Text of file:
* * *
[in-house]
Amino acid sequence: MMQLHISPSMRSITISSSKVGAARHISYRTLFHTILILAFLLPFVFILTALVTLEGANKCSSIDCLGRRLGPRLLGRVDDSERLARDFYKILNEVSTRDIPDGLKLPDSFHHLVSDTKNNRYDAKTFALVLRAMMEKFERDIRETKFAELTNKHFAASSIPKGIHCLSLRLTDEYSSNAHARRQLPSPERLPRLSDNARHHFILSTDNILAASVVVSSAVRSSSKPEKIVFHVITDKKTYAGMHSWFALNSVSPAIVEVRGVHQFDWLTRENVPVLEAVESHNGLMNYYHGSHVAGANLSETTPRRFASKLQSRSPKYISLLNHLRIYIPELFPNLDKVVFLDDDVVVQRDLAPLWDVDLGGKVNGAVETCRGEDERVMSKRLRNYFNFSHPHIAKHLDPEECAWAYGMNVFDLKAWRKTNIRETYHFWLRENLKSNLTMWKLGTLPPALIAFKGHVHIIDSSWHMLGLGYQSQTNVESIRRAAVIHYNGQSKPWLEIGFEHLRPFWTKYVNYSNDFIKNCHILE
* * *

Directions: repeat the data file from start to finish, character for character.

[in-house]
Amino acid sequence: MMQLHISPSMRSITISSSKVGAARHISYRTLFHTILILAFLLPFVFILTALVTLEGANKCSSIDCLGRRLGPRLLGRVDDSERLARDFYKILNEVSTRDIPDGLKLPDSFHHLVSDTKNNRYDAKTFALVLRAMMEKFERDIRETKFAELTNKHFAASSIPKGIHCLSLRLTDEYSSNAHARRQLPSPERLPRLSDNARHHFILSTDNILAASVVVSSAVRSSSKPEKIVFHVITDKKTYAGMHSWFALNSVSPAIVEVRGVHQFDWLTRENVPVLEAVESHNGLMNYYHGSHVAGANLSETTPRRFASKLQSRSPKYISLLNHLRIYIPELFPNLDKVVFLDDDVVVQRDLAPLWDVDLGGKVNGAVETCRGEDERVMSKRLRNYFNFSHPHIAKHLDPEECAWAYGMNVFDLKAWRKTNIRETYHFWLRENLKSNLTMWKLGTLPPALIAFKGHVHIIDSSWHMLGLGYQSQTNVESIRRAAVIHYNGQSKPWLEIGFEHLRPFWTKYVNYSNDFIKNCHILE